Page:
Transparency has been the hot-button word since the emergence of social media, but is there such a thing as giving out too much information?
Case and point: I went to St. Lucia a few months ago (be very jealous), and when we were waiting to board our plane, a man’s voice came over the speaker system at the airport and said,
“Ladies and gentlemen, we are ready to board the flight, but we are waiting on an employee who is apparently running late to work. Once that employee arrives, we’ll resume as normal.”
Did he just throw a fellow employee under the bus? And more importantly, what does that say about the company?
To make matters worse, a handful of us ended up arriving to our destination two hours late and missing our connecting flight. Although the customers knew exactly why it happened, it still didn’t leave us good feelings about the airline’s team unity and overall mission.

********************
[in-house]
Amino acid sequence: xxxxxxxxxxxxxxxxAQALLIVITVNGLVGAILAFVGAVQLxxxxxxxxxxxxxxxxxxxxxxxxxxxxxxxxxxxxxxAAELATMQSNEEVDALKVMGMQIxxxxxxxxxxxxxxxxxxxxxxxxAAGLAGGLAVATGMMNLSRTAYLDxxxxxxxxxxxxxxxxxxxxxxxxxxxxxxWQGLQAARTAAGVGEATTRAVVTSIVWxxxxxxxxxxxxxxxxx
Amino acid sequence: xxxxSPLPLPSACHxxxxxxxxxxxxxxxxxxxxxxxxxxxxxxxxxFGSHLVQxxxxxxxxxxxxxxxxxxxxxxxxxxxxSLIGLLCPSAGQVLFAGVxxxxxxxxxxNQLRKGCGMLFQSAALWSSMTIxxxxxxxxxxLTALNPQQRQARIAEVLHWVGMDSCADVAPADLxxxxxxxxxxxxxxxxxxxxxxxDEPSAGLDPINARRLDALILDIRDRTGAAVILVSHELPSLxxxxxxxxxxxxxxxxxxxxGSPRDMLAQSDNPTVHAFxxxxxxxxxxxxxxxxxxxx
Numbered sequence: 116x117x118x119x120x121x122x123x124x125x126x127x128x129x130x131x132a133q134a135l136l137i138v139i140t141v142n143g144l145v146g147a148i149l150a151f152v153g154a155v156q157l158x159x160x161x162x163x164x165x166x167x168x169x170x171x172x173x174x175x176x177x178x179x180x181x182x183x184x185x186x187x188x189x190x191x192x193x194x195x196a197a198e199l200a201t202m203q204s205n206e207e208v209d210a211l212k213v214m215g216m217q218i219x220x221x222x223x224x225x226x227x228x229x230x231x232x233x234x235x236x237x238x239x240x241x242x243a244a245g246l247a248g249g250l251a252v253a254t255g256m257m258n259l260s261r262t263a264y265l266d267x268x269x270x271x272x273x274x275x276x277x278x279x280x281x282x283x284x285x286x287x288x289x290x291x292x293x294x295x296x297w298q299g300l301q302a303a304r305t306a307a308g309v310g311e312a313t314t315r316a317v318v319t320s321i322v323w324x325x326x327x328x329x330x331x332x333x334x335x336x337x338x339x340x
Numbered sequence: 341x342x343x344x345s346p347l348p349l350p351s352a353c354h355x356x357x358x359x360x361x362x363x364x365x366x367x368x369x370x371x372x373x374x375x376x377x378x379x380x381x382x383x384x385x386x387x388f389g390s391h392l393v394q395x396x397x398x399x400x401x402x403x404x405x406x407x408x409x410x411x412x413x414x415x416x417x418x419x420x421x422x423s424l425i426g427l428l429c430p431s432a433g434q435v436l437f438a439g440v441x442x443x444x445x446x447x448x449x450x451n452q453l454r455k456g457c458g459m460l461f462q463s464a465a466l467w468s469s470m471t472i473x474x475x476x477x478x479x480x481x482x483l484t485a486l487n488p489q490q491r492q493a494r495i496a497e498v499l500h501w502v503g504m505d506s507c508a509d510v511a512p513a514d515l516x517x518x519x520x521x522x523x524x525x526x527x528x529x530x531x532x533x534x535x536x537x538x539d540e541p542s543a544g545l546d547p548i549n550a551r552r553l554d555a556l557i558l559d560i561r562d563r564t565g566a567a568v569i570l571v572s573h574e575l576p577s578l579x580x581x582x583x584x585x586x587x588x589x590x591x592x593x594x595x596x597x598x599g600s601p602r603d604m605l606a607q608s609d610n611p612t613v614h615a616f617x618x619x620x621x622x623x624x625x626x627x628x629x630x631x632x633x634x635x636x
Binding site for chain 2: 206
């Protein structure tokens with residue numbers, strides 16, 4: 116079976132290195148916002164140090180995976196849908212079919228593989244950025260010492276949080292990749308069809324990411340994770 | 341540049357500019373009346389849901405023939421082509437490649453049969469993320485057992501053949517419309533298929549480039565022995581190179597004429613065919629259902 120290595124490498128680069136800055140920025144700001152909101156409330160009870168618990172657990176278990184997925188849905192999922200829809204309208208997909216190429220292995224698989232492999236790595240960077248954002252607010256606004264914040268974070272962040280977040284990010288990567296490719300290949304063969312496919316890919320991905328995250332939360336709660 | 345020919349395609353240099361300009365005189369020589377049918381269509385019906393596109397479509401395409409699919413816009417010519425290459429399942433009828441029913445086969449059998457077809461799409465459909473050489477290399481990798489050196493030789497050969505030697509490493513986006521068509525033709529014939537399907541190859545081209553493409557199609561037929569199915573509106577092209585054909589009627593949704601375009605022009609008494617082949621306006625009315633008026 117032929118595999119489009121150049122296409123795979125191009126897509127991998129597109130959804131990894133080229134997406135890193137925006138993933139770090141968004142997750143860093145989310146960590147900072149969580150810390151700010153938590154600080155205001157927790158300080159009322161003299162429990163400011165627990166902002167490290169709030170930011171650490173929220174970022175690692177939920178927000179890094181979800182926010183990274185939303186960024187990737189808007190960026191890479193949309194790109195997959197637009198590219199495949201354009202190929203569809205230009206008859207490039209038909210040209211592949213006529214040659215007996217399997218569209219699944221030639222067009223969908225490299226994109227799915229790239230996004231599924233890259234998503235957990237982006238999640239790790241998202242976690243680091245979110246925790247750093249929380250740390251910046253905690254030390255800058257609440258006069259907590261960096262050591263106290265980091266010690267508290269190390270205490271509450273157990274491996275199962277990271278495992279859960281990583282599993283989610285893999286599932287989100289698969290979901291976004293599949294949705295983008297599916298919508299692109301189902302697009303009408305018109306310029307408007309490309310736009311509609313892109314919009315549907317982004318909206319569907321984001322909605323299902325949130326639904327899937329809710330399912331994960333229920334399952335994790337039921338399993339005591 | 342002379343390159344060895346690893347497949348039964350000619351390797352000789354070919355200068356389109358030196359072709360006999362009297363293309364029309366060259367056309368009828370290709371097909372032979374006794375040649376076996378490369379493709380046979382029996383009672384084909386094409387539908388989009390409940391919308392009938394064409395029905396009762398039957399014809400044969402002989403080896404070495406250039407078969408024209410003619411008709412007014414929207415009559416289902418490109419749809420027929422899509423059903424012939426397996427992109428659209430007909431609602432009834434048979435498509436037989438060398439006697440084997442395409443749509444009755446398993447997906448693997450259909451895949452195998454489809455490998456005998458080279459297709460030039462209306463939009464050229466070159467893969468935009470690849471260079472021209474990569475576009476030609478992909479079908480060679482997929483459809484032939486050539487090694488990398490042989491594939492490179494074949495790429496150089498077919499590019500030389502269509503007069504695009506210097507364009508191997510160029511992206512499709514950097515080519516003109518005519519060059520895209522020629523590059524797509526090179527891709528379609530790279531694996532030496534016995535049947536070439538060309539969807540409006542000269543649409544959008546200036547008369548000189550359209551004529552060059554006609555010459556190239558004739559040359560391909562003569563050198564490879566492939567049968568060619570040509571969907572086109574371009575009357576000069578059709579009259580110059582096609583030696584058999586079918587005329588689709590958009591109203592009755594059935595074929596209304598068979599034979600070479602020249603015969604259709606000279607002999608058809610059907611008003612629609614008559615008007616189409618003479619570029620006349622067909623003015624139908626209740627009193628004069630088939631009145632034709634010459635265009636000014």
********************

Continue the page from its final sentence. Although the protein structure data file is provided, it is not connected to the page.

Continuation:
Don’t misunderstand me; I’m a strong advocate for transparency in local government and any organization, but there are instances where it can cross the line of giving out unnecessary information.
Imagine if the man at the airport had instead chosen to say,
“Ladies and gentlemen, we apologize for the delay. We are working to ensure that all employees are in place to maximize customer service and safety during your flight.”
The same information was told, but it was aimed at a different motive and outlook, which makes all the difference.
No matter what, you always want to put your organization’s best foot forward. Even when things go wrong, you want to let your audience know that you’re working towards a solution.
So the next time you’re giving out information, consider if it’s necessary and if it’s enforcing your organization’s goal, mission, and values. It’s definitely an art, but like everything else in life, practice makes perfect.